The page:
SINGAPORE - Minister for Culture, Community and Youth Grace Fu remembers how many of her accountancy course mates had difficulty finding jobs when they graduated from the National University of Singapore in 1985.
The challenges they faced and concerns they had then, she said, were similar to those that young people are facing today.
She was addressing graduands from the Chinese, English, History, Linguistics and Multilingual Studies, and Philosophy programmes on Friday (July 26) at the convocation ceremony for Nanyang Technological University's School of Humanities.
Bachelor's degrees were awarded to 390 graduands, while 55 received higher degrees at the Nanyang Auditorium.
"As newly minted graduates, some of you are charged with excitement, and are ready for the world ahead of you; some of you are undecided on a path to take and wondering what the future holds," Ms Fu said.
"A small, open economy, Singapore is susceptible to global forces. Increasing trade frictions, anti-globalisation, protectionism, technological advancements, demographic shifts - these are the words that we hear these days and they are changing our economy, our jobs, the nature of our industry."
"You might be asking yourself, 'Am I prepared for what lies ahead?'. I had the same question when I graduated."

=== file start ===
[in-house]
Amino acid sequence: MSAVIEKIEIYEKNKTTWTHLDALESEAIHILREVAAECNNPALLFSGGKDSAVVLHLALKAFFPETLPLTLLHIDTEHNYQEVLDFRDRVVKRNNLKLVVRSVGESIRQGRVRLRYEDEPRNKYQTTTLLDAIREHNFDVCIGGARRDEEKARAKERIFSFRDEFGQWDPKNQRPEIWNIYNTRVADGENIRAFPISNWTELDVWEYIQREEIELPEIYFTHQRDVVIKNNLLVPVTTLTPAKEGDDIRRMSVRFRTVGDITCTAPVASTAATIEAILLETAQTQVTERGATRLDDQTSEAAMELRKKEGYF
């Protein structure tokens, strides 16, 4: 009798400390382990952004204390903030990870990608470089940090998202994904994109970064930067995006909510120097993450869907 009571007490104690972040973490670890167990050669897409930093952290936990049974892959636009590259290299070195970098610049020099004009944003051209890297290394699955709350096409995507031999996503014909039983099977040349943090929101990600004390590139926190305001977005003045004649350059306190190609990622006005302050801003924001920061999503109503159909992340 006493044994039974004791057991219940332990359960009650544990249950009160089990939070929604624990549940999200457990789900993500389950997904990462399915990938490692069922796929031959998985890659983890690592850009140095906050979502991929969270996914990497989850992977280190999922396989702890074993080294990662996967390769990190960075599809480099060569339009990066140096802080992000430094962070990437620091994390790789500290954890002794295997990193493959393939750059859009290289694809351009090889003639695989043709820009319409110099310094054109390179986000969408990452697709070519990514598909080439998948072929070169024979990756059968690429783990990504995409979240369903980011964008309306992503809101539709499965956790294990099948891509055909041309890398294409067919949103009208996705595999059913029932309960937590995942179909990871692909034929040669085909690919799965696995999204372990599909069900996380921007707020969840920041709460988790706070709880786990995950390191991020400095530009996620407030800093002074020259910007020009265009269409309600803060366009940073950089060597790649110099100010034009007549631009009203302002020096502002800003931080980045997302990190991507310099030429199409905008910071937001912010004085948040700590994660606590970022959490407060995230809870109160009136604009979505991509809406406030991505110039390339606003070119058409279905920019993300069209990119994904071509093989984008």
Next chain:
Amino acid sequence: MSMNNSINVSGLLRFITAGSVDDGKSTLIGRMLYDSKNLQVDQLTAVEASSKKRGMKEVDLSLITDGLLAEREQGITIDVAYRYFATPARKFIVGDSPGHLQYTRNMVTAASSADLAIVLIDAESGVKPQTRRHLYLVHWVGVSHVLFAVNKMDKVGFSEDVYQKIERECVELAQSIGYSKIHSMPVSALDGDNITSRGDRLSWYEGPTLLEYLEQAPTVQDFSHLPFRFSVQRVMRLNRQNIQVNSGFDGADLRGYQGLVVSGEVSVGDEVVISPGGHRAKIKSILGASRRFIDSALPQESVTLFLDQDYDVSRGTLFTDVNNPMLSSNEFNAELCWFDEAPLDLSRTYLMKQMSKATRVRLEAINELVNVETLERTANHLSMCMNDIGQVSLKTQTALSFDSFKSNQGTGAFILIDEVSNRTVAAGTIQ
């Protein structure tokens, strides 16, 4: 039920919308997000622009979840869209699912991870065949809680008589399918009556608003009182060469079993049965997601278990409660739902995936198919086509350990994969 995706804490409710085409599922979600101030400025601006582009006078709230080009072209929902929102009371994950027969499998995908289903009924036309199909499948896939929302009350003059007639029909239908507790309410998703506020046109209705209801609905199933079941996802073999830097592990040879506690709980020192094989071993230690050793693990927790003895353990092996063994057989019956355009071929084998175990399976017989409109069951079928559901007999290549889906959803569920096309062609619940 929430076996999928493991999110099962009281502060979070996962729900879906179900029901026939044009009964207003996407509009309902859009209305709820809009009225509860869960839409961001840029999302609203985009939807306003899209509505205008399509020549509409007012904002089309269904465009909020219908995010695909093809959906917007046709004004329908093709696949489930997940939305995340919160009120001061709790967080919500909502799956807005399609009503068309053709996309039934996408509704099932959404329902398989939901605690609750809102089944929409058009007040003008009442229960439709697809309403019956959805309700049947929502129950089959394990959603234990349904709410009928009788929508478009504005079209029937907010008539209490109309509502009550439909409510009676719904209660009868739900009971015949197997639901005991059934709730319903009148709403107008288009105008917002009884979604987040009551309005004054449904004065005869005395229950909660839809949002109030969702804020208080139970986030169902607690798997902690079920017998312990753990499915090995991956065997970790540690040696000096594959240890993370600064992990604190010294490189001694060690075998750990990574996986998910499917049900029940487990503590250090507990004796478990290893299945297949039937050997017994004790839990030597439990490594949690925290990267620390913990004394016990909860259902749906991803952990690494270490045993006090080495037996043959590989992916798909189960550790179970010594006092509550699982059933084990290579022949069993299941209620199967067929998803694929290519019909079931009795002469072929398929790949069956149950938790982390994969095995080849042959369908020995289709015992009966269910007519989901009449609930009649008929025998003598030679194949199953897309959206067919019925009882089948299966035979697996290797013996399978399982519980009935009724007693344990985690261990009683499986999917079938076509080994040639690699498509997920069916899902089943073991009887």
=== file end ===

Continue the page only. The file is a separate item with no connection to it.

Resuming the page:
At the time, in 1985, the computing revolution had just begun, she said. "So technology was completely changing the way we worked then... It was a time when what I learnt in school was made redundant in a few years."
"Change, rapid transformation, and anxiety affect every cohort of youth. It might sound nonchalant. But believe me, every generation will find their own way to discover new opportunities. And there's every reason to believe that your generation can do, too."
But she also cautioned that the journey will not be easy, and advised the graduands to learn "constantly, broadly and bravely".
On learning constantly, Ms Fu said: "There's always something we can glean from the people around us. Embrace the spirit of humility, and willingness to keep learning and growing even when there's no set test date ahead of us. The examination in life will come at the most unexpected time and place."
Learning broadly entails "having a strong sense of curiosity, and spirit of exploration", she added.
"We cannot predict what jobs will look like in the future... So if you can make connections across different fields and disciplines and apply yourself to creating new value, you'll have an advantage."
And to learn bravely is to "get out of your comfort zone and venture into areas you might not be familiar with", she said, encouraging the graduands to look beyond Singapore's shores to explore opportunities in regional markets.
She also highlighted two questions they should ask themselves - what their purpose in life is, and what success means to them.
"These two questions are linked. Success can only be defined by the purpose you have set for yourself.
"I will suggest to you that every one of you can have a purpose that is more than your own individual well-being. And that success is about leaving a worthy legacy in our society."